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Installation hardware is included for sockets 478, 775 and K8. A backplate is included for use with motherboards that do not already
have one. A heatsink retention module is also included for use with Socket 775
systems. As usual, Zalman has a nicely illustrated instruction sheet, as well as a good animated flash version of the installation on the product web page.
Socket 478 systems can take advantage of the stock heatsink retention module,
thanks to two aluminum yoke-shaped anchors that lock into place. They are similar
but not identical to those used with the Zalman 7000 and 7700 series of
heatsinks, and work in a similar way. The difference? The 9500 anchors are lower
profile and use a finer thread for the screw hole.
In front, the clips for the CNPS9500. Behind, the clips for the CNPS7000.
Both the height and the screw thread are different.
Once the proper hardware has been attached to the motherboard, installation
is pretty much the same for all platforms. A retention clip is placed over
a "hub" in the center of the heatsink, and the two ends of the clip
are screwed to the hardware that has been attached to the motherboard. The screws
for each platform are different, so pay attention to the instruction manual.
They also have a hexagonal head, so the included Allen key must be used to tighten
them. Because the fins overhang the screws, it is easiest to use the ball-shaped
end of the Allen key which lets the shaft of the key be at a slight angle to
the head of the screw.
The mounting bracket fits over the hub in the center of the base.
The orientation of the CNPS9500 can be changed depending on whether the clip
is installed through the heatpipes or between them. The proper orientation should
direct the airflow of the integrated fan towards the rear of the case. For our socket 478 motherboard, the proper configuration required the clip to be positioned between the heatpipes. This task was quite difficult. It took us about 10 minutes of fiddling to maneuver it into position without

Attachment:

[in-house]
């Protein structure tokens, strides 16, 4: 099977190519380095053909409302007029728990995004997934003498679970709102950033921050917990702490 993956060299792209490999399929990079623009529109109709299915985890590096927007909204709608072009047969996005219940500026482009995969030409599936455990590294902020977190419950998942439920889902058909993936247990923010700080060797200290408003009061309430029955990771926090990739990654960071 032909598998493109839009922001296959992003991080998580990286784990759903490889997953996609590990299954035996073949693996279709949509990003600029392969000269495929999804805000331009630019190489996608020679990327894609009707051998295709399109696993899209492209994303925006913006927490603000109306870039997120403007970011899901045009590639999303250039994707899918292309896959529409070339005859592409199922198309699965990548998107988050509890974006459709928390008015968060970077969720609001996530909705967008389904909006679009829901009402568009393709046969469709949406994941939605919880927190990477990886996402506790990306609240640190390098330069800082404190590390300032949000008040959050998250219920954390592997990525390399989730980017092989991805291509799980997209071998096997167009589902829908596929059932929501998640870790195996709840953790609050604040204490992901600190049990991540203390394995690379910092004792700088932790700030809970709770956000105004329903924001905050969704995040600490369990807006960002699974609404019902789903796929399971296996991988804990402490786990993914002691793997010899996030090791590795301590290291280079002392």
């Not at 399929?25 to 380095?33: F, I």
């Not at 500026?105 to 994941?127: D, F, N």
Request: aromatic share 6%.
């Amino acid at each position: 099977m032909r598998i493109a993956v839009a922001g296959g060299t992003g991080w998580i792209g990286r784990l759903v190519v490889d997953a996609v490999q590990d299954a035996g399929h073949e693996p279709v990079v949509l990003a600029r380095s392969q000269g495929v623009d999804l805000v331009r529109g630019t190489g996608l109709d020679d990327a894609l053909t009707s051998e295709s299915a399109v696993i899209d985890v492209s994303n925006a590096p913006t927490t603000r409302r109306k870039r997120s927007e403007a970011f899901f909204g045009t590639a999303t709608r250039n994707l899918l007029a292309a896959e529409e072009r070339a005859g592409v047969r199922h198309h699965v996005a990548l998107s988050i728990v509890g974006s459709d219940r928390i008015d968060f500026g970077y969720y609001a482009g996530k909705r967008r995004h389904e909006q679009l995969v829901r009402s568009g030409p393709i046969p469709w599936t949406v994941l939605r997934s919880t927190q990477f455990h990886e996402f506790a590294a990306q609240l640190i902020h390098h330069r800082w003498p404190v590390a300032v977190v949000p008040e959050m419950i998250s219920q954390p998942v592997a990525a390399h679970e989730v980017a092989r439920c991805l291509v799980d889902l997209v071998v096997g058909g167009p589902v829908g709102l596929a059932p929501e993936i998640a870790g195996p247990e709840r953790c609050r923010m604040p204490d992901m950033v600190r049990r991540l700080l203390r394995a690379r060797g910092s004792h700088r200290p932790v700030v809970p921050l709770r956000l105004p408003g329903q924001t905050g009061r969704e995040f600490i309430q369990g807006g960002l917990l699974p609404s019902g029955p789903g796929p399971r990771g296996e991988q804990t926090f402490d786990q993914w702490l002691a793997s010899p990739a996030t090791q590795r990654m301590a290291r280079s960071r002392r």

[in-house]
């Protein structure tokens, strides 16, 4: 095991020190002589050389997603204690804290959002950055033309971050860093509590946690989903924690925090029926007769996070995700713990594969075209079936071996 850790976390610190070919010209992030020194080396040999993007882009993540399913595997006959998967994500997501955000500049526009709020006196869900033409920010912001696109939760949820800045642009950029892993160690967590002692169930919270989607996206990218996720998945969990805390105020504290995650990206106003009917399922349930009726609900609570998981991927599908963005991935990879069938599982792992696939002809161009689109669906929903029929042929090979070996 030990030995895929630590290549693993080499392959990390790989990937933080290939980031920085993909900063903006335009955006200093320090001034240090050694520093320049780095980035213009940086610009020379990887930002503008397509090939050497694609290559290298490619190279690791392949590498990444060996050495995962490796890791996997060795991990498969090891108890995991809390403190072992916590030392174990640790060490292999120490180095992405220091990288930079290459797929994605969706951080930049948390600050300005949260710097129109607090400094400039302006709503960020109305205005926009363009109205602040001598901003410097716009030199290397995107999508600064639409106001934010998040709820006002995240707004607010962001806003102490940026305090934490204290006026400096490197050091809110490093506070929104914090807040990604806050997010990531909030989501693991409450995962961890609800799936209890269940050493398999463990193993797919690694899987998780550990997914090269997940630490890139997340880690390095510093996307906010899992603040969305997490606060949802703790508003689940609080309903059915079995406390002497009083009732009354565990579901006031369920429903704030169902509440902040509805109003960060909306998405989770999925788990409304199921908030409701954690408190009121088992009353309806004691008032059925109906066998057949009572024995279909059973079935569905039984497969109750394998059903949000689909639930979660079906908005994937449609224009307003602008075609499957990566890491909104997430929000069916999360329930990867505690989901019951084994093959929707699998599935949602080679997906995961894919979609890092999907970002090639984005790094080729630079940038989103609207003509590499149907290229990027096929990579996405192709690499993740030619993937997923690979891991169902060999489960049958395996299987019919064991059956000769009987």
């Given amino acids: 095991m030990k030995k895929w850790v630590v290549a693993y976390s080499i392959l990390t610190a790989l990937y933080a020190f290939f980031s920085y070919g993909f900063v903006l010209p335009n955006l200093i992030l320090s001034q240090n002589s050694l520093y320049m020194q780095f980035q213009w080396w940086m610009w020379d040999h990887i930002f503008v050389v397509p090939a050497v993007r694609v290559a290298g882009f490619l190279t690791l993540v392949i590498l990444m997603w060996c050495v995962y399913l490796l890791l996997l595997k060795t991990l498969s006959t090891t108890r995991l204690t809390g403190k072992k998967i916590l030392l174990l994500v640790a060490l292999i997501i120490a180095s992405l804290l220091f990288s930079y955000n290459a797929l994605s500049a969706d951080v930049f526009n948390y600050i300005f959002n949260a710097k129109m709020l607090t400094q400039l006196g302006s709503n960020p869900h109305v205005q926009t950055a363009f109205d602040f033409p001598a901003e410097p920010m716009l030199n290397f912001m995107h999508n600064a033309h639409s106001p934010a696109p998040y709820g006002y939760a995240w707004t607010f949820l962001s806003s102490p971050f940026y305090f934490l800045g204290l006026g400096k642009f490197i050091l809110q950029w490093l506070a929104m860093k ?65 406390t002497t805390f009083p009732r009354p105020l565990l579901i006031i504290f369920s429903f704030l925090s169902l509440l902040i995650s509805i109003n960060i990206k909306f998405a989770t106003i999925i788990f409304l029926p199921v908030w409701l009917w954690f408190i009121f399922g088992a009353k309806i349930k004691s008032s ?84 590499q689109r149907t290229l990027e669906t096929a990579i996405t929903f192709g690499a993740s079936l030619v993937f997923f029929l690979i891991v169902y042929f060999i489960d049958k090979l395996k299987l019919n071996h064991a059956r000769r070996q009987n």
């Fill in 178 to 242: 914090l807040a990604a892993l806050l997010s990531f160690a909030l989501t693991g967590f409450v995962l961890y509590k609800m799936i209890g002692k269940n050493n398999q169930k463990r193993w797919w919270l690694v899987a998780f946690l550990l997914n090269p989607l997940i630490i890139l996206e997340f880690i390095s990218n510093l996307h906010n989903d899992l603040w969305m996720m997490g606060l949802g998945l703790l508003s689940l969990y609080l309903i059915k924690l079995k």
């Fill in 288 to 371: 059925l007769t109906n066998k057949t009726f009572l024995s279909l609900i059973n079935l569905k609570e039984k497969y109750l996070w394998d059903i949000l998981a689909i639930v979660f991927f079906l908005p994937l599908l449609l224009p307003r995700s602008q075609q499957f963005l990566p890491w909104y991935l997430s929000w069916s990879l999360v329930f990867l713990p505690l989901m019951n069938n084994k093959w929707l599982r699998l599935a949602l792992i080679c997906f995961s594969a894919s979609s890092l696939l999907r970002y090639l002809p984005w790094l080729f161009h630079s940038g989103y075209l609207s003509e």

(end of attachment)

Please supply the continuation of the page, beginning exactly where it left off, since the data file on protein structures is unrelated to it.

using force. The bracket must be slipped in between the heatpipes sideways and
then rotated to horizontal position so that it fits over the center hub. The
problem is that the bracket almost always catches on either the hub or the heatpipes
above it when it is rotated. A small adjustment in production would probably eliminate this annoyance. NOTE: Later attempts at doing this proved more successfully. The trick is to apply a little force as you rotate the clip, jiggling the piece as you rotate it.
Installing the clip between the heatpipes is a finicky task.
Mounting the clip this way is a cinch.
The heatsink should be installed outside the case if possible. It is probably impossible to install it inside a case, as the fins hang
over the screw and requires access to
the sides of the motherboard in order to be tightened.
The heatsink is also quite large; it hung over the top edge of our test motherboard. This may cause compatibility problems in cases where the gap between
power supply and the top edge of the motherboard is small. Obviously, boards that position
the CPU socket closer to the center of the board will not have this problem,
although if the socket is too low, the heatsink could interfere with video
cards that have a large heatsink.
The fins hang over the edge of our test board.
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